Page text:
Nanna Madge is a sensualist, and it is not improbable that after a few sherries she may kick up her heels and get a bit down and dirty with a saveloy or two. Despite a few close shaves, Nanna’s experimentation is all part of the good healthy fun that is part of the Aussie spirit for which Nanna Madge is renowned.

nintendo

Nintendo

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Nintendo 64 (detail) 2013
Sarah Newall

It is viciously simply we play – we lose and we play again. The game itself can be played until the skills are mastered to enable the player to move up through the levels. Some games cannot be beaten. Tetris, created by Soviet mathematician, Alexei Pajitnov, is one such game. The blocks rain down in eight different configurations that must be rotated to fit together. If you achieve a complete line it vanishes to give you more room on the board. The tiles pour down faster and faster, giving an ever-decreasing amount of time, until it becomes impossible to master. In these old video games you know you can never win, but you continue to play, engaged in a purely symbolic struggle. But still, you play again. Maybe this time you will do a little bit better.[1]


[1] S Poole, Trigger Happy: Videogames and the entertainment revolution, Arcade Publishing: New York, 2000, p. 43.

Untold-Torments_Without-Reason

Untold-Torments_Without-Reason

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Untold Torments Without Reason (2013)
Mark Shorter 

In January 2013, I spent three weeks criss-crossing the Manchegan Plains in Southern Spain; the country made famous by Miguel de Cervantes’ novel, Don Quixote (1605, 1611). I was interested in considering the idea that Quixote expresses a culture in crisis, reflecting a Europe in transition between its medieval past and its enlightened future. In Untold Torments I wanted to return to this ambivalent space. I wanted to document it, perform in it and ultimately consider the idea that La Mancha will forever be a place of transition, emptiness and madness. and you play again.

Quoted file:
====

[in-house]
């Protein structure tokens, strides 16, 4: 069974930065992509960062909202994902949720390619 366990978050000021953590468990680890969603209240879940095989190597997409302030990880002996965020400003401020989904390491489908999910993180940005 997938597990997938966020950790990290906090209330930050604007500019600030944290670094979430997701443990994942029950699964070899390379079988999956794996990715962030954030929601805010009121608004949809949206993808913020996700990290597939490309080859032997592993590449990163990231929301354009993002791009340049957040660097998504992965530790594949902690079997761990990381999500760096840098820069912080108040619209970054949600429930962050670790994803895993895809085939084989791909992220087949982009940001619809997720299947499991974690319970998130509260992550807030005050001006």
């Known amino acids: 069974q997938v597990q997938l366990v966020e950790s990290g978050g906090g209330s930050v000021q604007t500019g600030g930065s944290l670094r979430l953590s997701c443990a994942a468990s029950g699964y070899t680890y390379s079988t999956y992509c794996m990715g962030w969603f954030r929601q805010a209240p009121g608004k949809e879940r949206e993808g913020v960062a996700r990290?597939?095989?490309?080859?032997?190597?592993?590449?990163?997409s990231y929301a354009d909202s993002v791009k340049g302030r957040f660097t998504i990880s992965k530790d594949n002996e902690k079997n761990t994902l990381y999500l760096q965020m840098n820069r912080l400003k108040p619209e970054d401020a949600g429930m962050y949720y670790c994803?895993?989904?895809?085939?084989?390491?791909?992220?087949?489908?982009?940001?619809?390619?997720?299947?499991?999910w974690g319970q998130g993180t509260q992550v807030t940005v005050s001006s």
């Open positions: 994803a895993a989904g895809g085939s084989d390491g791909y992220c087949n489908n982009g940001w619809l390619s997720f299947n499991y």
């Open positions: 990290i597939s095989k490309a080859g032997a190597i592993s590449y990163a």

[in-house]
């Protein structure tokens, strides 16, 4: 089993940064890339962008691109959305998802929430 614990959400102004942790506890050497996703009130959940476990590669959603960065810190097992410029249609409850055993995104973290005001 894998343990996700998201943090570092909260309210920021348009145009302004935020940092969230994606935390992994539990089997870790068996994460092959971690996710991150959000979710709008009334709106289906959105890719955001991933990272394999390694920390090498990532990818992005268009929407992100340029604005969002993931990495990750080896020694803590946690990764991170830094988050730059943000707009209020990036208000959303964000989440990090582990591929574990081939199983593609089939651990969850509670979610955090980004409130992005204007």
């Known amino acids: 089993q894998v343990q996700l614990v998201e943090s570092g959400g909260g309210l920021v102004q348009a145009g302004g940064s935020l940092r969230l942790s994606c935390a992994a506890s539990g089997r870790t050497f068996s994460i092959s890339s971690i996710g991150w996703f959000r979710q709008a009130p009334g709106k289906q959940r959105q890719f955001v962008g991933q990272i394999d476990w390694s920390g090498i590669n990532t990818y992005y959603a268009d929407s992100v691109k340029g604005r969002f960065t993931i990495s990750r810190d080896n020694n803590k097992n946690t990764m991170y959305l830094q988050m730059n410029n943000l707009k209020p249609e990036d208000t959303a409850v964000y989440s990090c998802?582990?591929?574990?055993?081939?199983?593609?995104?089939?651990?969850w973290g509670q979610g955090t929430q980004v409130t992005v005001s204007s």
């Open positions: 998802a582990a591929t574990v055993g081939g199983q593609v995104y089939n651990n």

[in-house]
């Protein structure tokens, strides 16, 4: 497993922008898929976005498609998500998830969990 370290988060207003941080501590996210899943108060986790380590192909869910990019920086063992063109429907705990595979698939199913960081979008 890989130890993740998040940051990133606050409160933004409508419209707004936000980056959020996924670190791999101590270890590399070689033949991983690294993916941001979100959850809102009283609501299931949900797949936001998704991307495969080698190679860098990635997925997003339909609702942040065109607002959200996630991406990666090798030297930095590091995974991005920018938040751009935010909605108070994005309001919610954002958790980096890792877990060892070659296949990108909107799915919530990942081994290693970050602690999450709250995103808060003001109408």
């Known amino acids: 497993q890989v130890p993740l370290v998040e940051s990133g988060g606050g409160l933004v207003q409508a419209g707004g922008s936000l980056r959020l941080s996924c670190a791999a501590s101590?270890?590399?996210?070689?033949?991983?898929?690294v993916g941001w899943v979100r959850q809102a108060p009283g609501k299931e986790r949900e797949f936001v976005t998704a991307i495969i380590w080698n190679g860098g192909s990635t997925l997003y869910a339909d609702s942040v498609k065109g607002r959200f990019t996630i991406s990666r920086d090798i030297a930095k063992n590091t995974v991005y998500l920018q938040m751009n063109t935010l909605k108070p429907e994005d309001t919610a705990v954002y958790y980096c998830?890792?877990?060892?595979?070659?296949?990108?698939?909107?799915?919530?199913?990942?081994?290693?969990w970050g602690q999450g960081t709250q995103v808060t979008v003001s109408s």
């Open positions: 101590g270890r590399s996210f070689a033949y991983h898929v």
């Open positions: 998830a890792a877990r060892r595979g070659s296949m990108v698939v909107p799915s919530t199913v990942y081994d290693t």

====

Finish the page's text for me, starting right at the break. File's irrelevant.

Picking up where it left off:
Silly String
Silly String

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(Silly) String Theory 2,
(detail) 2008, production still, photo Reina Tamagaki
Mark Titmarsh

(Silly) String Theory 2 in the context of Marrickville Garage, becomes a theory of coherence around the presence and performance of colour. Colour embedded in plastic, extends the family of colour from paint, through Perspex, acrylic glass, acrylic mirror, silly string, and so on through the entire industrial polymer complex.

The absencing of painting, the thing which is conspicuously absent, is joined by the plastic presencing of colour. Painting and the plasticity of colour are entwined with each other, co-producing and co-defining each other, existing only by virtue of their differential relationship.  As such painting is harboured and contextualised by the colours of industrial plastics, and the plasticity of colour is framed and given meaning by its relation to painting.

In this reversal of the spatio-temporal aspects of colour the artist becomes the dynamic surface on which the event of colour takes place, rather than the subjective director of paint onto an inert and receptive substrate.

Gallery Door

Windows
Windows

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Sara Givins
Envelope
Envelope
is an invitation to go positively postal. Peel back the layers and slide through to the other side.

Toilet Door

Sean Lowry

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Back Wall of House

William Nicholson, An Alphabet, 1897

William Nicholson, An Alphabet, 1897

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Lisa Andrew
Image: William Nicholson, An Alphabet, 1897

W is for wailing
Inkjet on polyester